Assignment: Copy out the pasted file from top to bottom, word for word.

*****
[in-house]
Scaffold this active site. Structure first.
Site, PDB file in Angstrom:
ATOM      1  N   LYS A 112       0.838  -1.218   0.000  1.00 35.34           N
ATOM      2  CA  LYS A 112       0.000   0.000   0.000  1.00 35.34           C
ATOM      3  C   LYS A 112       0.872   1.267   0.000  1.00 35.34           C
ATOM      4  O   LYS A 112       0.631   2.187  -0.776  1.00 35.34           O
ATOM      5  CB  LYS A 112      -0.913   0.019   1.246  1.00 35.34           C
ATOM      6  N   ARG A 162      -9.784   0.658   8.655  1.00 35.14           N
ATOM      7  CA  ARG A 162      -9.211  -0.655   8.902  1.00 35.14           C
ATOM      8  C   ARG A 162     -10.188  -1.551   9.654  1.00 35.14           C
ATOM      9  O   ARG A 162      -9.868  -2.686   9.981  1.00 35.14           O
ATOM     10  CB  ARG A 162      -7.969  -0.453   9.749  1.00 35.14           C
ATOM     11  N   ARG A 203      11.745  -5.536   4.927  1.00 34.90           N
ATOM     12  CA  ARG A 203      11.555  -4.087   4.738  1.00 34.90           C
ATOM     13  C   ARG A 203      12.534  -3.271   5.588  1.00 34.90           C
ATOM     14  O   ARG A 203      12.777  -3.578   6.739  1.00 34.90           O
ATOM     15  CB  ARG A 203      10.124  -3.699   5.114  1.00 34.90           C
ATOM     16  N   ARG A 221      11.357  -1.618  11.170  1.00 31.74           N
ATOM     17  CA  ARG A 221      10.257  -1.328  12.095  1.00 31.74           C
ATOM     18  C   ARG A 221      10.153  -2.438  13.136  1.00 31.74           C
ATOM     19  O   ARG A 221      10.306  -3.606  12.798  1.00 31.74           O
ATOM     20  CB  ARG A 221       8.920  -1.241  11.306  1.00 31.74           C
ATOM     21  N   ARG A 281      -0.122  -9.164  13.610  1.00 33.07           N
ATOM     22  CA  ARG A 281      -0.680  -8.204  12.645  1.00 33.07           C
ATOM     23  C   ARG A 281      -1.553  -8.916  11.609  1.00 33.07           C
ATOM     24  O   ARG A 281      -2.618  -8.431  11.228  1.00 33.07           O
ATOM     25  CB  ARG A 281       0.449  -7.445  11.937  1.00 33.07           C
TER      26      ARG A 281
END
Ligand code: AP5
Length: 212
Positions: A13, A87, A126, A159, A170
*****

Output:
[in-house]
Scaffold this active site. Structure first.
Site, PDB file in Angstrom:
ATOM      1  N   LYS A 112       0.838  -1.218   0.000  1.00 35.34           N
ATOM      2  CA  LYS A 112       0.000   0.000   0.000  1.00 35.34           C
ATOM      3  C   LYS A 112       0.872   1.267   0.000  1.00 35.34           C
ATOM      4  O   LYS A 112       0.631   2.187  -0.776  1.00 35.34           O
ATOM      5  CB  LYS A 112      -0.913   0.019   1.246  1.00 35.34           C
ATOM      6  N   ARG A 162      -9.784   0.658   8.655  1.00 35.14           N
ATOM      7  CA  ARG A 162      -9.211  -0.655   8.902  1.00 35.14           C
ATOM      8  C   ARG A 162     -10.188  -1.551   9.654  1.00 35.14           C
ATOM      9  O   ARG A 162      -9.868  -2.686   9.981  1.00 35.14           O
ATOM     10  CB  ARG A 162      -7.969  -0.453   9.749  1.00 35.14           C
ATOM     11  N   ARG A 203      11.745  -5.536   4.927  1.00 34.90           N
ATOM     12  CA  ARG A 203      11.555  -4.087   4.738  1.00 34.90           C
ATOM     13  C   ARG A 203      12.534  -3.271   5.588  1.00 34.90           C
ATOM     14  O   ARG A 203      12.777  -3.578   6.739  1.00 34.90           O
ATOM     15  CB  ARG A 203      10.124  -3.699   5.114  1.00 34.90           C
ATOM     16  N   ARG A 221      11.357  -1.618  11.170  1.00 31.74           N
ATOM     17  CA  ARG A 221      10.257  -1.328  12.095  1.00 31.74           C
ATOM     18  C   ARG A 221      10.153  -2.438  13.136  1.00 31.74           C
ATOM     19  O   ARG A 221      10.306  -3.606  12.798  1.00 31.74           O
ATOM     20  CB  ARG A 221       8.920  -1.241  11.306  1.00 31.74           C
ATOM     21  N   ARG A 281      -0.122  -9.164  13.610  1.00 33.07           N
ATOM     22  CA  ARG A 281      -0.680  -8.204  12.645  1.00 33.07           C
ATOM     23  C   ARG A 281      -1.553  -8.916  11.609  1.00 33.07           C
ATOM     24  O   ARG A 281      -2.618  -8.431  11.228  1.00 33.07           O
ATOM     25  CB  ARG A 281       0.449  -7.445  11.937  1.00 33.07           C
TER      26      ARG A 281
END
Ligand code: AP5
Length: 212
Positions: A13, A87, A126, A159, A170